Other examples may be found in signal processing; for example, total-variation denoising, where the loss is strongly convex but the regularizer is non-smooth [11], or submodular function minimization cast through separable optimization problems [2]. Moreover, many proximal operators for non-smooth regularizers are of this form, with and is a norm (or more generally a gauge function).

2.2 Dual formulations

Another interesting set of examples for machine learning are more naturally described from the dual formulation in Eq. (2): given a smooth loss term (this could be least-squares or logistic regression), a typically non-smooth penalization or constraint is added, often through a norm . Thus, this corresponds to functions of the form , where is a convex non-decreasing function ( is then convex).

Our main assumption is that a subgradient of may be easily computed. This is equivalent to being able to maximize functions of the form for . If one can compute the dual norm of , , and in particular a maximizer in the unit-ball of , then one can compute simply the subgradient of . Only being able to compute the dual norm efficiently is a common situation in machine learning and signal processing, for example, for structured regularizers based on submodularity [2], all atomic norms [12], and norms based on matrix decompositions [1]. See additional examples in [19].

Our assumption regarding the compact domain of translates to the assumption that has compact domain. This includes indicator functions which corresponds to the constraint . We may also consider , which corresponds to jointly penalizing and constraining the norm; in practice, may be chosen so that the constraint is not active at the optimum and we get the solution of the penalized problem . See [17, 34, 1] for alternative approaches.

3 Mirror descent for strongly convex problems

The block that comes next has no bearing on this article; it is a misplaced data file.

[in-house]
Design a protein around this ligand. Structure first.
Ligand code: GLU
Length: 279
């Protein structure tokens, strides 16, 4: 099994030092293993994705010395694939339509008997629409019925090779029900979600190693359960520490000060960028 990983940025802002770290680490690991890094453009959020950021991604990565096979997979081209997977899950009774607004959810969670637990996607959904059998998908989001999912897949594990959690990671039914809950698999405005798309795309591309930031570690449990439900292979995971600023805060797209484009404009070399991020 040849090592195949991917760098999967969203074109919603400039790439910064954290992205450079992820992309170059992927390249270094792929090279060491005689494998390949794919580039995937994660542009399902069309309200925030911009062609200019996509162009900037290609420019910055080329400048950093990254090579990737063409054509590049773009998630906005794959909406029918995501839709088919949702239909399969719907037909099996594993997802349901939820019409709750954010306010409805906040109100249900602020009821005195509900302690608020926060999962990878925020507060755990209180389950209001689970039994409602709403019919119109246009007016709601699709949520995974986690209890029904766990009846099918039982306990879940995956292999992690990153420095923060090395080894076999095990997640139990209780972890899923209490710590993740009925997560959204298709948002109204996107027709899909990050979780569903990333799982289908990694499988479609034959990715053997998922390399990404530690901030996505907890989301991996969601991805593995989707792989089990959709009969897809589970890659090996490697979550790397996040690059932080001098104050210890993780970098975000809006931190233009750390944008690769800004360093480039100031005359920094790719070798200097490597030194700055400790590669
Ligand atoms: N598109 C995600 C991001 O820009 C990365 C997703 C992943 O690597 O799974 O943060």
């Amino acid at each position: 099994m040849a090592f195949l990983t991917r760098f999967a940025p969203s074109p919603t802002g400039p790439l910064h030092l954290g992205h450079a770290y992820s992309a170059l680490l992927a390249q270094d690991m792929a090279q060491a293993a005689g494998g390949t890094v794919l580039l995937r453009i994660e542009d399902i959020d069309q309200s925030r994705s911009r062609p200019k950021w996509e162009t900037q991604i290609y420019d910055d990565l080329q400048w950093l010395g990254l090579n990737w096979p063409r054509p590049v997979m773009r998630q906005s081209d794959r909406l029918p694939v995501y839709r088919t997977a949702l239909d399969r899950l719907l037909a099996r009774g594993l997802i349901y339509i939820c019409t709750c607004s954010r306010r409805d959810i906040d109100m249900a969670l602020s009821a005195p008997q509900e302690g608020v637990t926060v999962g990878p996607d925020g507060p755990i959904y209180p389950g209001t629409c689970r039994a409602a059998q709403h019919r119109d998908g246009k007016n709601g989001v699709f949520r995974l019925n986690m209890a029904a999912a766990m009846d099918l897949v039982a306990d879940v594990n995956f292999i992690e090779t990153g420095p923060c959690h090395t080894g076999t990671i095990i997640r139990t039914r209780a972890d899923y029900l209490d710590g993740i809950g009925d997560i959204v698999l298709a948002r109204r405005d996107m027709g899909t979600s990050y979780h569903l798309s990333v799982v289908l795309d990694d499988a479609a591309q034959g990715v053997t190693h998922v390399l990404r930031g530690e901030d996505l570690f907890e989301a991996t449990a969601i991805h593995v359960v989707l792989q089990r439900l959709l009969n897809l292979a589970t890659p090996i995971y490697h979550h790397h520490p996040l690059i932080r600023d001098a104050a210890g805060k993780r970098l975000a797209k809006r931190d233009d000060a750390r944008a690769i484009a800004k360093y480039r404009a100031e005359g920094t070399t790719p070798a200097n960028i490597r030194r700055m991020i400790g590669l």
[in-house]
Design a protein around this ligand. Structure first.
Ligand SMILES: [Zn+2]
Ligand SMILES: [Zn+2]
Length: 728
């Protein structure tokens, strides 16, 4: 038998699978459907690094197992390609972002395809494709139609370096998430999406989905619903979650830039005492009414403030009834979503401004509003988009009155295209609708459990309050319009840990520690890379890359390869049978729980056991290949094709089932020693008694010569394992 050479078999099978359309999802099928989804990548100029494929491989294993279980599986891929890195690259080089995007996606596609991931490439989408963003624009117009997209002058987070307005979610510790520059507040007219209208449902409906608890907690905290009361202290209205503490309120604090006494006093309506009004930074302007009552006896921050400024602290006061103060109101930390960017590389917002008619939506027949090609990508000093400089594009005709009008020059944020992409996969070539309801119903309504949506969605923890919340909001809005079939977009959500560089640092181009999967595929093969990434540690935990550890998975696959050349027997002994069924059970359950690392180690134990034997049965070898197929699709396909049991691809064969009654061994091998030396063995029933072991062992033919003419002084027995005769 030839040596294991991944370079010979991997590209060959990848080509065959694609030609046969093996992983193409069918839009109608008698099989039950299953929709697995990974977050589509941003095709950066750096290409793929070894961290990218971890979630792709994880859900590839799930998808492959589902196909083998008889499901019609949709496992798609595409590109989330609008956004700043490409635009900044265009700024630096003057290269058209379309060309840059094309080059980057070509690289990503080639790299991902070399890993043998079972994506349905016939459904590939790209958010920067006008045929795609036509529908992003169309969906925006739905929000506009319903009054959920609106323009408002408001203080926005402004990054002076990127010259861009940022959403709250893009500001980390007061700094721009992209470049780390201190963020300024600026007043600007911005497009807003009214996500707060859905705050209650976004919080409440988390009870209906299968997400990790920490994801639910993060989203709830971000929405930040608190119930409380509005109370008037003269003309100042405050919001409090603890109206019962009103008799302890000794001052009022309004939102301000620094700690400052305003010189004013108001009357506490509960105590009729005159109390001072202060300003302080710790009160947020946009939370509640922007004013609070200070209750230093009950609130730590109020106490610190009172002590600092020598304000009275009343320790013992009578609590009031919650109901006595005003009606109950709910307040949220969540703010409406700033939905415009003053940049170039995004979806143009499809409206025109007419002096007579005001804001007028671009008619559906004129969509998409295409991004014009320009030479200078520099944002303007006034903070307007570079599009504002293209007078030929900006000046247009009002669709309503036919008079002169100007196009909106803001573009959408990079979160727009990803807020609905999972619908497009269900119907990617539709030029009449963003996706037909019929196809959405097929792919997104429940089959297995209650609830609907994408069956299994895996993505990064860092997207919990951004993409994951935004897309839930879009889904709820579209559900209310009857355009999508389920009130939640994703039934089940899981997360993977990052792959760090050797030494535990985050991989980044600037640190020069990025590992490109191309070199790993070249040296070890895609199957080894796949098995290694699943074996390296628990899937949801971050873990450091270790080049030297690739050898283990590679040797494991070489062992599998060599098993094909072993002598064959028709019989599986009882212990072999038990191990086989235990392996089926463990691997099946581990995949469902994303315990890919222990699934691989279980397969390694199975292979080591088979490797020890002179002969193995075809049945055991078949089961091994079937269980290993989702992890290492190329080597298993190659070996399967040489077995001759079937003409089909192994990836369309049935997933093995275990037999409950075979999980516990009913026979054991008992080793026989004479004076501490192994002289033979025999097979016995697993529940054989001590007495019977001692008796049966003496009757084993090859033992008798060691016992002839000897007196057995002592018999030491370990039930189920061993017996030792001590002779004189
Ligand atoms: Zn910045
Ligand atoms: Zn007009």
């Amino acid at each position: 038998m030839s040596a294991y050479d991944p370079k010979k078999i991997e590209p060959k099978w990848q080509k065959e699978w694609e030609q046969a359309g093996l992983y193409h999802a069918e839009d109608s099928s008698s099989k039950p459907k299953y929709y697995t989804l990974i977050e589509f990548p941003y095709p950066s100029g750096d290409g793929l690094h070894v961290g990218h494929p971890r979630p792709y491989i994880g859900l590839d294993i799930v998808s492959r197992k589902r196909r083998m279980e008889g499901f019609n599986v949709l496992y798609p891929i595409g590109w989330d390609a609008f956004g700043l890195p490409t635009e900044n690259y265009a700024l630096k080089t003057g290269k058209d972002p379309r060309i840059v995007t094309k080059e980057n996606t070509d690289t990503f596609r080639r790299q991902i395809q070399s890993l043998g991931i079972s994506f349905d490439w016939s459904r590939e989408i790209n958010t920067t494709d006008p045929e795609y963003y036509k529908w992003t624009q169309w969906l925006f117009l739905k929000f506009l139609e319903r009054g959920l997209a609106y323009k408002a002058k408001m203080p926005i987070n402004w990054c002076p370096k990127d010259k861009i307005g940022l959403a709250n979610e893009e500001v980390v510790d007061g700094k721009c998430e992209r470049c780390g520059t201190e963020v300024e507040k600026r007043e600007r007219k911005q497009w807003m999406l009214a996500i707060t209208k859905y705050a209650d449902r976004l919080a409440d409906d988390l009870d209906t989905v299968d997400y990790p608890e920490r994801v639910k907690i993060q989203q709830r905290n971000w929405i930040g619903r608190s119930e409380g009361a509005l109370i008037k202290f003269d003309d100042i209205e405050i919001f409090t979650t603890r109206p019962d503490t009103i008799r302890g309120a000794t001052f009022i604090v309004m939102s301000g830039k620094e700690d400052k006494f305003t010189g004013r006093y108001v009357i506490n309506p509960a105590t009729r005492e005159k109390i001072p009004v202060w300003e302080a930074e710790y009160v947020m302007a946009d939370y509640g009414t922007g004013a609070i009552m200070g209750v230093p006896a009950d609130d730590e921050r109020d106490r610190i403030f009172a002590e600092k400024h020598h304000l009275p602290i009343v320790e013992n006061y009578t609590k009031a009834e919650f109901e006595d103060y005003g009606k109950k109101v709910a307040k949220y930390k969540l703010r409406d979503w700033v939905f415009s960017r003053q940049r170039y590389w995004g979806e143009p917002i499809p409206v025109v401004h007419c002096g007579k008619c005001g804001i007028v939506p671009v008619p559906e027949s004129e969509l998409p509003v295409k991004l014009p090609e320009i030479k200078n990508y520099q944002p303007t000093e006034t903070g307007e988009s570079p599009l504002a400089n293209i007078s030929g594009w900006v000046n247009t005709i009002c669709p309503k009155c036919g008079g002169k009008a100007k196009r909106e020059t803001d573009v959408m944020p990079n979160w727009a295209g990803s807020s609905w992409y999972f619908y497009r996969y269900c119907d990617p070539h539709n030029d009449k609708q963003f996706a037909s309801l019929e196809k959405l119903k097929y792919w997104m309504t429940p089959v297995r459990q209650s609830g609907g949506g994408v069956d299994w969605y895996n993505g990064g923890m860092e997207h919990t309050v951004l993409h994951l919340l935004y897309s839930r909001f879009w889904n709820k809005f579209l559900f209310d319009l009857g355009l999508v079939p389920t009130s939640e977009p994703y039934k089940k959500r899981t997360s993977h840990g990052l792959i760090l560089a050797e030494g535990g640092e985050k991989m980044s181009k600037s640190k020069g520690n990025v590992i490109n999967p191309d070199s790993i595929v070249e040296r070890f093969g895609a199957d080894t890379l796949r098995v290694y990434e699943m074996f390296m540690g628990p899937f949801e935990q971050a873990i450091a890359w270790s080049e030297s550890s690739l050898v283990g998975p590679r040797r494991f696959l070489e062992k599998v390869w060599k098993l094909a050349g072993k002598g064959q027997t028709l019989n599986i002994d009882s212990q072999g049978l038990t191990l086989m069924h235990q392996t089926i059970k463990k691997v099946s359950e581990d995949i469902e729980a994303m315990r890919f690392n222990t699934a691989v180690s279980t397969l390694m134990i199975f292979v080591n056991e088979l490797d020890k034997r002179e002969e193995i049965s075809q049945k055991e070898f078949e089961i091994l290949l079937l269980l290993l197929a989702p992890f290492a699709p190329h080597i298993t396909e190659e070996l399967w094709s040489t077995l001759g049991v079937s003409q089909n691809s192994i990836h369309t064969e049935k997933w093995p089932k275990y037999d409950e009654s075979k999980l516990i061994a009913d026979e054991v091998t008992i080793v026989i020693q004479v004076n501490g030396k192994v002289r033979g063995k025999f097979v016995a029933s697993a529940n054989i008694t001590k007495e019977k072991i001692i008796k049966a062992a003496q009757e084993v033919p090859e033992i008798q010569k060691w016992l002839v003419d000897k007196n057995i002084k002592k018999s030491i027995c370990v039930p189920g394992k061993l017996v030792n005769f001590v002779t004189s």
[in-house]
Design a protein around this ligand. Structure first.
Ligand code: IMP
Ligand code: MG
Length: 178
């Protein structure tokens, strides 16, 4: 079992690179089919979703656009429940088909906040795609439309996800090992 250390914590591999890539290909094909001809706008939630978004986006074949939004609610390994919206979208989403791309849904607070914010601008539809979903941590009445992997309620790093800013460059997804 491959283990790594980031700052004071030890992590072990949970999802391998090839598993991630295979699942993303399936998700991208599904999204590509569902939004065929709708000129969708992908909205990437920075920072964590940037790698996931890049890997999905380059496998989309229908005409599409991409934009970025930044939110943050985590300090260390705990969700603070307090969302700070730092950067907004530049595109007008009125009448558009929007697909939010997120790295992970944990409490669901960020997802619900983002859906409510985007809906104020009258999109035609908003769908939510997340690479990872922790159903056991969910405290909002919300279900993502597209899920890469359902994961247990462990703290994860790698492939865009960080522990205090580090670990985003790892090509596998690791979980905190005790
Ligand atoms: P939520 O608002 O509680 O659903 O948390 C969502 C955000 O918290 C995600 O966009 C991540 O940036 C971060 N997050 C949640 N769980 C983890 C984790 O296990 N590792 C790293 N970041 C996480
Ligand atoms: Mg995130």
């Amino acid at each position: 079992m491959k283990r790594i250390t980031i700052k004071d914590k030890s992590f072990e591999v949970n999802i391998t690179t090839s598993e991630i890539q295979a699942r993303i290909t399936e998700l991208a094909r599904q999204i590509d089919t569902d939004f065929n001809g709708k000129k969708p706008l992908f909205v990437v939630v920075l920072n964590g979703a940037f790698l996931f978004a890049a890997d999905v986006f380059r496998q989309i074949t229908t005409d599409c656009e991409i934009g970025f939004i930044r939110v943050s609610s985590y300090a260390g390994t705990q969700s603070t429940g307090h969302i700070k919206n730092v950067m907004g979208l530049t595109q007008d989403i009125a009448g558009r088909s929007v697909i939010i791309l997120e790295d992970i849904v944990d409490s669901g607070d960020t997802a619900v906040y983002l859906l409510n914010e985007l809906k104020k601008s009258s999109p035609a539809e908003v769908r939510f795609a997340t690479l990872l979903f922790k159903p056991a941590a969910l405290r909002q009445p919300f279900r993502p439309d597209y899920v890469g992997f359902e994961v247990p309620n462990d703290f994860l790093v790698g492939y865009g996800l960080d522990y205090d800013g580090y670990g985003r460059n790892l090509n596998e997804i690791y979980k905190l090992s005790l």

We first assume that the function is essentially smooth (i.e., differentiable at any point in the interior of , and so that the norm of gradients converges to when approaching the boundary of ); then is a bijection from to , where is the domain of (see, e.g., [28, 18]). We consider the Bregman divergence

It is always defined on , and is nonnegative. If , then if and only if . Moreover, since is assumed -strongly convex, we have . See more details in [4]. For example, when , we have .

Subgradient descent for square Bregman divergence

We first consider the common situation where ; the primal problem then becomes:

The projected subgradient method starts from any , and iterates the following recursion:

where is any subgradient of at . The step size is .

The recursion may be rewritten as

which is equivalent to being the unique minimizer of

(3)

which is the traditional proximal step, with step size .

Mirror descent

We may interpret the last formulation in Eq. (3) for the square regularizer as the minimization of

with solution defined through (note that is a bijection from to ):

This leads to the following definition of the mirror descent recursion:

(4)

The following proposition proves the convergence of mirror descent in the strongly convex case with rate —previous results were considering the convex case, with convergence rate  [24, 4].

Proposition 1 (Convergence of mirror descent in the strongly convex case)

Assume that (a) is Lipschitz-continuous and finite on , with the domain of , (b) is essentially smooth and -strongly convex. Consider and . Denoting by the unique minimizer of , after  iterations of the mirror descent recursion of Eq. (4), we have:

Proof  We follow the proof of [4] and adapt it to the strongly convex case. We have, by reordering terms and using the optimality condition :

In order to upper-bound the two terms in Eq. (3), we first consider the following bound (obtained by convexity of and the definition of ):

which may be rewritten as:

which implies

(6)

Moreover, by definition of ,

with . The function is -strongly convex, and its Fenchel conjugate is thus -smooth. This implies that is -smooth. Since and , . Moreover, . Since (because is a convex combination of such elements), then .

Overall, combining Eq. (6) and into Eq. (3), this implies that

that is,

With , we obtain

Thus, by summing from to , we obtain

that is,

This implies that , i.e., the iterates converges. Moreover, using the convexity of ,